This behaviour makes me sad : I want the staff there to like him, to want to be with him, and if he is behaving inappropriately then there is a risk that they will not. When he has smacked my arm, I have pleaded with him not to hurt the people who care for him. I have always been relieved that Joshua is popular and can win hearts with his hugs and twinkly eyed grin. I love that he is known for being cheeky, affectionate and smiley; I would hate for that impression of him to change to someone who has to be ‘managed’ and disciplined. So I am hopeful that last night was a one -off ,  that he was just ‘trying it on’ for his first night away and that today he will settle down. This is his penultimate weekend stay and so I would like this and the next one to go well, without incident, but to just be full of fun.

Behave yourself

I had some advice yesterday on how to handle Joshua’s behaviour, since he has started to smack my arm or kick out, typically when he is objecting to something or if he is craving attention I think. I had a telephone conversation with the Children’s learning Disability Team before Christmas and I was invited along to hear some ‘pointers’ on how best to handle this change in his behaviour. We are all agreed that he is trying to communicate something and he needs to be shown a more socially acceptable means of saying what he wants to say. when you are virtually non-verbal and do not sign, you have limited resources at your disposal to communicate with and objecting with a hit to the arm, might seem an obvious one.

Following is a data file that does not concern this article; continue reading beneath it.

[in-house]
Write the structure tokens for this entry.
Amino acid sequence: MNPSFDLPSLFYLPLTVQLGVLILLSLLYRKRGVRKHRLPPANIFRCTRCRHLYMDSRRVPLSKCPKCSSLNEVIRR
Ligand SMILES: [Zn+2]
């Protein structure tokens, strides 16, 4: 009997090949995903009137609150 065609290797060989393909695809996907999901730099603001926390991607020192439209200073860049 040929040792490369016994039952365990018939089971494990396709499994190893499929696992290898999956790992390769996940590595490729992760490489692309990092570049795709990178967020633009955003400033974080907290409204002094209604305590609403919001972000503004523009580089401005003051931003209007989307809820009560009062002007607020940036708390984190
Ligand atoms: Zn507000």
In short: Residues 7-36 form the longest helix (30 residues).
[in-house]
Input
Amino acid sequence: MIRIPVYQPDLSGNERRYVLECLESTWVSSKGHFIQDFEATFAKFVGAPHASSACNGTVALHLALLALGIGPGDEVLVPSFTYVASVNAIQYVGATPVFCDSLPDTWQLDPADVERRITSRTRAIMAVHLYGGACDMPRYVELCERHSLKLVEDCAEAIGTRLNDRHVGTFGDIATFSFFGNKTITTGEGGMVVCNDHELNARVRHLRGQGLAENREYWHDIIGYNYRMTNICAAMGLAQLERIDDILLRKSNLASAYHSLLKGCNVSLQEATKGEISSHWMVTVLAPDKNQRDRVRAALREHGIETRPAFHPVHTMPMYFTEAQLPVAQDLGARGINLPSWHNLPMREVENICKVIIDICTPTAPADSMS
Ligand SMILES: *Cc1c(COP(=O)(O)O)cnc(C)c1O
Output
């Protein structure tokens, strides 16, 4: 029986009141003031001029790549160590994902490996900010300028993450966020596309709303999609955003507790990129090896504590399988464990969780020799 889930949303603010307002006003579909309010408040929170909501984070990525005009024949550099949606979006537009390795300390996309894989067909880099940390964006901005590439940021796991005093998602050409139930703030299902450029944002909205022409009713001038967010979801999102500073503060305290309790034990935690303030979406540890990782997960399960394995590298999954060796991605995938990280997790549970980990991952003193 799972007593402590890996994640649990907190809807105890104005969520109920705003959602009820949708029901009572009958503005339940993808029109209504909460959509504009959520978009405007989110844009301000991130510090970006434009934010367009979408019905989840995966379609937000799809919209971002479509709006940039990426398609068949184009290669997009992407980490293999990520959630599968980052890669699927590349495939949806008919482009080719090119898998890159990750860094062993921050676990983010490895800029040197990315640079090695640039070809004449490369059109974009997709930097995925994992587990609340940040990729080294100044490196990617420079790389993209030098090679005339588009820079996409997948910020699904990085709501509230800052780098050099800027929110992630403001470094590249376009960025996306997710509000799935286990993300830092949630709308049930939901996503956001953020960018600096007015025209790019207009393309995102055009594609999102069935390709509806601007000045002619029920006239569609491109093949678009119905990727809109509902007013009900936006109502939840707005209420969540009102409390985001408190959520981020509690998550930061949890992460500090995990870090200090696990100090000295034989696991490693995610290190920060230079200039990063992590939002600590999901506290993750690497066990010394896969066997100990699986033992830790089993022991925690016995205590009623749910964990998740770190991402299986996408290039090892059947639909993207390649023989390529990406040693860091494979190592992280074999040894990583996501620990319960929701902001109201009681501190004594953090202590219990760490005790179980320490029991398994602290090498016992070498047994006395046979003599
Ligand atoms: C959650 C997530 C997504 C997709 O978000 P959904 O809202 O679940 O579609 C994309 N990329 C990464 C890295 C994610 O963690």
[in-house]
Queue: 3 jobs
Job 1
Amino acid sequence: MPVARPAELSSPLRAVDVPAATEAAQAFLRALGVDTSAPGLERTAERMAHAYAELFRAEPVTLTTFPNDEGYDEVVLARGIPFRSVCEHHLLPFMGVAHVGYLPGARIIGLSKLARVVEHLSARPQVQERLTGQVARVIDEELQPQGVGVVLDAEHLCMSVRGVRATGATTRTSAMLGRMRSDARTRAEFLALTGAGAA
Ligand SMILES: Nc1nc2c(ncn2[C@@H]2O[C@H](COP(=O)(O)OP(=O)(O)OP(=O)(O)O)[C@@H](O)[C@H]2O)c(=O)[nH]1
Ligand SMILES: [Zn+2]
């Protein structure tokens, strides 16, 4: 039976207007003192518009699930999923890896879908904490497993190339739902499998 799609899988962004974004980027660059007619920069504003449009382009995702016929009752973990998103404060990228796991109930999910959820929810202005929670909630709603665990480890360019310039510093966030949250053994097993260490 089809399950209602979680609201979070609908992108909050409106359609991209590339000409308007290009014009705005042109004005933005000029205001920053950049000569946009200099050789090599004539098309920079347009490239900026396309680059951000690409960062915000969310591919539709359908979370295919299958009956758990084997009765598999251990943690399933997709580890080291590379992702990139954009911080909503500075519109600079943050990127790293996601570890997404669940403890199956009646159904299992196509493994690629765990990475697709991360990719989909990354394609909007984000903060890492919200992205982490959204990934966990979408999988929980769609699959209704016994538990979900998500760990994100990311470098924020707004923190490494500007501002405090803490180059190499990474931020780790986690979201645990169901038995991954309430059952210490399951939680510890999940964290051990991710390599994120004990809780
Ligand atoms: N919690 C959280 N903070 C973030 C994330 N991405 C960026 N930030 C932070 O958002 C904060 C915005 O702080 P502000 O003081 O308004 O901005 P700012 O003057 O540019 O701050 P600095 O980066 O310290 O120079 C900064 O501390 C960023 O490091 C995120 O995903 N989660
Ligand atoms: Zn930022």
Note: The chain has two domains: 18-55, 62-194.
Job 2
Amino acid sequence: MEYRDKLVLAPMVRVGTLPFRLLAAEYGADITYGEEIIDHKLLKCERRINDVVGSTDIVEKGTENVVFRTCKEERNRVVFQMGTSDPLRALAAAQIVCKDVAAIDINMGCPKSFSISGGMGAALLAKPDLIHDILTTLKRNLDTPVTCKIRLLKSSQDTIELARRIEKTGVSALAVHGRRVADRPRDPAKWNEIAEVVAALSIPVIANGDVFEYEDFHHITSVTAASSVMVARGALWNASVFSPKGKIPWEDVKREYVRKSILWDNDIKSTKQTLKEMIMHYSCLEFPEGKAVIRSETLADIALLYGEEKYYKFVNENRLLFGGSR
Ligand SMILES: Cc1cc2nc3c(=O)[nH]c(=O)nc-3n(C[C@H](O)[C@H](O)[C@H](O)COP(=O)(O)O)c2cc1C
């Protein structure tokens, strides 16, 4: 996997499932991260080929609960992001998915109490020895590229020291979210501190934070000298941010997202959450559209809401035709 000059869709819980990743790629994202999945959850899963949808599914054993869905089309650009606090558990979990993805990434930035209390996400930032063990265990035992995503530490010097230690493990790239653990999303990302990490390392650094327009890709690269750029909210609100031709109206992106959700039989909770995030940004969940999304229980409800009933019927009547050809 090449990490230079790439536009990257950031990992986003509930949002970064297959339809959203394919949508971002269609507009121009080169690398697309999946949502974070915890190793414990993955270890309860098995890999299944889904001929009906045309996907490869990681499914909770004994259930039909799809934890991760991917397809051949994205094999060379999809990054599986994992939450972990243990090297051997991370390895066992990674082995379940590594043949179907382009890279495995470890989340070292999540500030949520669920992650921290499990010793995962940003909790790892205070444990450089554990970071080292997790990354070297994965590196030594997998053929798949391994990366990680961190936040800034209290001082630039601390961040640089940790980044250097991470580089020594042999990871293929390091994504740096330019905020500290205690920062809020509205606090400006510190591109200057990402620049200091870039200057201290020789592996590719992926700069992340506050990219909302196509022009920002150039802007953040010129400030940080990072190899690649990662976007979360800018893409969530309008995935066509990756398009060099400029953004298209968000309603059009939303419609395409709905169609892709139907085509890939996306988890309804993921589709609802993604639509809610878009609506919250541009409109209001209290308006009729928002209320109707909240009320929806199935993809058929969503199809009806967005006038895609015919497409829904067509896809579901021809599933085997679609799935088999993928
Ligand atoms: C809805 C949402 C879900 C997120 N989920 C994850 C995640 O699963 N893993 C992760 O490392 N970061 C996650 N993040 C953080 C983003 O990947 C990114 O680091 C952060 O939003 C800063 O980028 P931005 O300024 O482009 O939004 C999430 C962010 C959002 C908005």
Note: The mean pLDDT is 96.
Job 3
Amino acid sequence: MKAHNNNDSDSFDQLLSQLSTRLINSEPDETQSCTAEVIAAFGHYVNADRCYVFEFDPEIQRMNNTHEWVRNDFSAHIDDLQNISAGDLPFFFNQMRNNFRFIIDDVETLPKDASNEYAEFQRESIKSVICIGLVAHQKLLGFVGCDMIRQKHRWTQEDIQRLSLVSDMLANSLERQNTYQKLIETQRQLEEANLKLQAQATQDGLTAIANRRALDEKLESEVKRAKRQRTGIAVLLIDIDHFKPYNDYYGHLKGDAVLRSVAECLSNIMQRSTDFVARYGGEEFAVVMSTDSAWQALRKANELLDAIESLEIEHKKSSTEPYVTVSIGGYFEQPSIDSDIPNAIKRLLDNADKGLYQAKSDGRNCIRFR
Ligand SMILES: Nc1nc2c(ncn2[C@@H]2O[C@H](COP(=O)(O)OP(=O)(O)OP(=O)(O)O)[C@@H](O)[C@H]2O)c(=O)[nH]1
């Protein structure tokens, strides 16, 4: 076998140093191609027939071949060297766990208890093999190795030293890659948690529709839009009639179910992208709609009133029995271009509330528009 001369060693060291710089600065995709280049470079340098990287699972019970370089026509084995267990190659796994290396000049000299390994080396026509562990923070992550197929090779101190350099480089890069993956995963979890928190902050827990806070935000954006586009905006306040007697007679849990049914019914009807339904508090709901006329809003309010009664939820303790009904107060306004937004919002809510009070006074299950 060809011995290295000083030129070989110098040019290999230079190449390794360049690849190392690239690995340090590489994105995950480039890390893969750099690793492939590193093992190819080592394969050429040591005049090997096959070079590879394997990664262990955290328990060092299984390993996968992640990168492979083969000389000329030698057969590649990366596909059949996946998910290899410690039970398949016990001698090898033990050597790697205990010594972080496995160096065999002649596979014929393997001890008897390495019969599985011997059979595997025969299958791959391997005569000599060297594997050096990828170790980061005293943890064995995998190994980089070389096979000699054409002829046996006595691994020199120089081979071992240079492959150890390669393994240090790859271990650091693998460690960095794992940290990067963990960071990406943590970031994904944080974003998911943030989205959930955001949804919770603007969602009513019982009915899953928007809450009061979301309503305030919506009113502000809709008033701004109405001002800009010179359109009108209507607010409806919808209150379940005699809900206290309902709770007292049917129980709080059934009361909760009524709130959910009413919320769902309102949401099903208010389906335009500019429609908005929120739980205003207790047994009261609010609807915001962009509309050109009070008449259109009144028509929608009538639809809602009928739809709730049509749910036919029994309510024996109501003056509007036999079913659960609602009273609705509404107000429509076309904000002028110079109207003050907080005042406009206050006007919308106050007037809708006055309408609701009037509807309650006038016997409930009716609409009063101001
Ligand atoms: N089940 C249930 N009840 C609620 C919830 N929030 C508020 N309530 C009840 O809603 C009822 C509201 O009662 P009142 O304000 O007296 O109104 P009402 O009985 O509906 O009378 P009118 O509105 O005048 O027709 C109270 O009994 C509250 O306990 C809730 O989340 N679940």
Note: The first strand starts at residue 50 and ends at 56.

Most of the strategies that the two learning Disability nurses showed me, were already in place with school, where I have already had a couple of meetings to discuss this change. I had been tolerating his smacking and kicking until it moved beyond just me, to include teaching assistants at school and Yorkshire Grandma on one occasion that I was working away. The nurses were full of praise for what I had been trying and for the support that school had shown us. They too suggested visual support to help Joshua to process what was happening ‘now’ and ‘next’ and equipped me with some pictures of things that we might do at home. I have said before, Joshua is all about the here and now and so I am not sure how he will handle the concept of ‘next’ but we will certainly be trying it out both at home and at school.

They also gave me a presentation on my reactions to his behaviour and I explained that wherever possible, I walk away from him once he has smacked me, to deliberately remove my attention. More often than not, he is delighted to see me back again after the ‘timeout’ and we can start dressing or undressing again, for example., without any more incidents. The nurses suggested that an egg timer could be introduced to show him the length of time that I will be gone for. Again, I can give that a try but I am really not sure if he understands the concept of passing time, but let’s see. It will at least ensure that I am consistent in how long I stay away for if I am timing it.  The timeout is not for him to think about what he has done particularly, as you are taught when they are tantruming toddlers, but more to show him that his response does not result in any attention, so it is not worth repeating.

They produced a star reward chart too, that he gets something he loves, like his guitar or Donald’s, after he has earned five good behaviour stars. I am not convinced that this is the best way forward with Joshua, as I doubt that he would grasp the reward concept and my priority is to get him to communicate in a more appropriate way, rather than getting him to conform necessarily. But I appreciate their thoughts on how best to tackle this stage in Joshua’s development. The timing seems right to intervene while it is at a low level and hopefully we can redirect him in time for him moving onto adult daycare, away from his ‘safe’ school environment where he is known and he is popular. A new respite or daycare provision will not have that history on him, to know that he did not always communicate with little kicks or smacks, and I am determined that he does not start off there, wherever there might be, on the wrong foot.